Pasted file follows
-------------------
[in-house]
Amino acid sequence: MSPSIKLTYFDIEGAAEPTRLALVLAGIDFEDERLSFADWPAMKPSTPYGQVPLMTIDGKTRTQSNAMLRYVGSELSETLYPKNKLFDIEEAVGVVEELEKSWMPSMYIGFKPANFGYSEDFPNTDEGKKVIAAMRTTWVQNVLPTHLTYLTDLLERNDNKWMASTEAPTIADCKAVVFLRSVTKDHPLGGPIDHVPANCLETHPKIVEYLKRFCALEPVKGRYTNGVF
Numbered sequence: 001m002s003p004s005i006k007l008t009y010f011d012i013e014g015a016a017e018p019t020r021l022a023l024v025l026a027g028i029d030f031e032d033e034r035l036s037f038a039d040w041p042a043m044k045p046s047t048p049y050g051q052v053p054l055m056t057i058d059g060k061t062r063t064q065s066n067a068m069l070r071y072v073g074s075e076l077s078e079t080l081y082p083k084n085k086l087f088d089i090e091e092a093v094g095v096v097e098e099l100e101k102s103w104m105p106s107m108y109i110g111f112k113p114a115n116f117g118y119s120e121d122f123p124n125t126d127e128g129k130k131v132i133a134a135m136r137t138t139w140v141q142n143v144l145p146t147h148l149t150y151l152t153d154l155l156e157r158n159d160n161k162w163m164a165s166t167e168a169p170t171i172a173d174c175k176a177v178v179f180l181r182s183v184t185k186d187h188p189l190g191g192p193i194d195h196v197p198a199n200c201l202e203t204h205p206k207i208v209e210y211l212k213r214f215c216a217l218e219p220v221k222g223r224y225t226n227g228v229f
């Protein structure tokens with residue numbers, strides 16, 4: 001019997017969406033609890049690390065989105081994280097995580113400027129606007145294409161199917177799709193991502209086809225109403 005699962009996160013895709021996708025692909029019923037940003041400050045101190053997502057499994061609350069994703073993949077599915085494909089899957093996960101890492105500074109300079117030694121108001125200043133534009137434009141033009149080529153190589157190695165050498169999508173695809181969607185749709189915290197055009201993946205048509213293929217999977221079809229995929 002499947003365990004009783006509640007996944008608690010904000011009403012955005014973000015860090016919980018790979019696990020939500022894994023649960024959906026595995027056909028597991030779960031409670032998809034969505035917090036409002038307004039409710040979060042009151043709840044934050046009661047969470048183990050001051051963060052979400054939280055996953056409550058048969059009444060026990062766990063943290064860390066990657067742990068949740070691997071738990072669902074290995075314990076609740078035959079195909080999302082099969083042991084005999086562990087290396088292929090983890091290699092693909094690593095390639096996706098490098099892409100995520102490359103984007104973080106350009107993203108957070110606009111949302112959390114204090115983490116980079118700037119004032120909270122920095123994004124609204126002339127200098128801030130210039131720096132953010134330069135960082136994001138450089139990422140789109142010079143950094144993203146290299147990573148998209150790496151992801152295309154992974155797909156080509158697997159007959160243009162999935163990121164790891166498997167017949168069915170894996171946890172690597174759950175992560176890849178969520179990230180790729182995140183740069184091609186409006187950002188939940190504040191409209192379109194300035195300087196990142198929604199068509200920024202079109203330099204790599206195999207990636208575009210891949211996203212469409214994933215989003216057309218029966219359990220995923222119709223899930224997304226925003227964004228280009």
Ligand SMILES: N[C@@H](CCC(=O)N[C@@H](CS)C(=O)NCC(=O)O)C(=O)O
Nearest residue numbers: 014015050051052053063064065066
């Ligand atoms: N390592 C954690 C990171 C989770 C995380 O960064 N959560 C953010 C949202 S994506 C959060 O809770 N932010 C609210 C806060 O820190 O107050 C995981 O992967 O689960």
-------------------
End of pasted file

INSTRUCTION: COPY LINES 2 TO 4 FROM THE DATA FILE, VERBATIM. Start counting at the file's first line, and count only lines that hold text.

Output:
Amino acid sequence: MSPSIKLTYFDIEGAAEPTRLALVLAGIDFEDERLSFADWPAMKPSTPYGQVPLMTIDGKTRTQSNAMLRYVGSELSETLYPKNKLFDIEEAVGVVEELEKSWMPSMYIGFKPANFGYSEDFPNTDEGKKVIAAMRTTWVQNVLPTHLTYLTDLLERNDNKWMASTEAPTIADCKAVVFLRSVTKDHPLGGPIDHVPANCLETHPKIVEYLKRFCALEPVKGRYTNGVF
Numbered sequence: 001m002s003p004s005i006k007l008t009y010f011d012i013e014g015a016a017e018p019t020r021l022a023l024v025l026a027g028i029d030f031e032d033e034r035l036s037f038a039d040w041p042a043m044k045p046s047t048p049y050g051q052v053p054l055m056t057i058d059g060k061t062r063t064q065s066n067a068m069l070r071y072v073g074s075e076l077s078e079t080l081y082p083k084n085k086l087f088d089i090e091e092a093v094g095v096v097e098e099l100e101k102s103w104m105p106s107m108y109i110g111f112k113p114a115n116f117g118y119s120e121d122f123p124n125t126d127e128g129k130k131v132i133a134a135m136r137t138t139w140v141q142n143v144l145p146t147h148l149t150y151l152t153d154l155l156e157r158n159d160n161k162w163m164a165s166t167e168a169p170t171i172a173d174c175k176a177v178v179f180l181r182s183v184t185k186d187h188p189l190g191g192p193i194d195h196v197p198a199n200c201l202e203t204h205p206k207i208v209e210y211l212k213r214f215c216a217l218e219p220v221k222g223r224y225t226n227g228v229f
């Protein structure tokens with residue numbers, strides 16, 4: 001019997017969406033609890049690390065989105081994280097995580113400027129606007145294409161199917177799709193991502209086809225109403 005699962009996160013895709021996708025692909029019923037940003041400050045101190053997502057499994061609350069994703073993949077599915085494909089899957093996960101890492105500074109300079117030694121108001125200043133534009137434009141033009149080529153190589157190695165050498169999508173695809181969607185749709189915290197055009201993946205048509213293929217999977221079809229995929 002499947003365990004009783006509640007996944008608690010904000011009403012955005014973000015860090016919980018790979019696990020939500022894994023649960024959906026595995027056909028597991030779960031409670032998809034969505035917090036409002038307004039409710040979060042009151043709840044934050046009661047969470048183990050001051051963060052979400054939280055996953056409550058048969059009444060026990062766990063943290064860390066990657067742990068949740070691997071738990072669902074290995075314990076609740078035959079195909080999302082099969083042991084005999086562990087290396088292929090983890091290699092693909094690593095390639096996706098490098099892409100995520102490359103984007104973080106350009107993203108957070110606009111949302112959390114204090115983490116980079118700037119004032120909270122920095123994004124609204126002339127200098128801030130210039131720096132953010134330069135960082136994001138450089139990422140789109142010079143950094144993203146290299147990573148998209150790496151992801152295309154992974155797909156080509158697997159007959160243009162999935163990121164790891166498997167017949168069915170894996171946890172690597174759950175992560176890849178969520179990230180790729182995140183740069184091609186409006187950002188939940190504040191409209192379109194300035195300087196990142198929604199068509200920024202079109203330099204790599206195999207990636208575009210891949211996203212469409214994933215989003216057309218029966219359990220995923222119709223899930224997304226925003227964004228280009």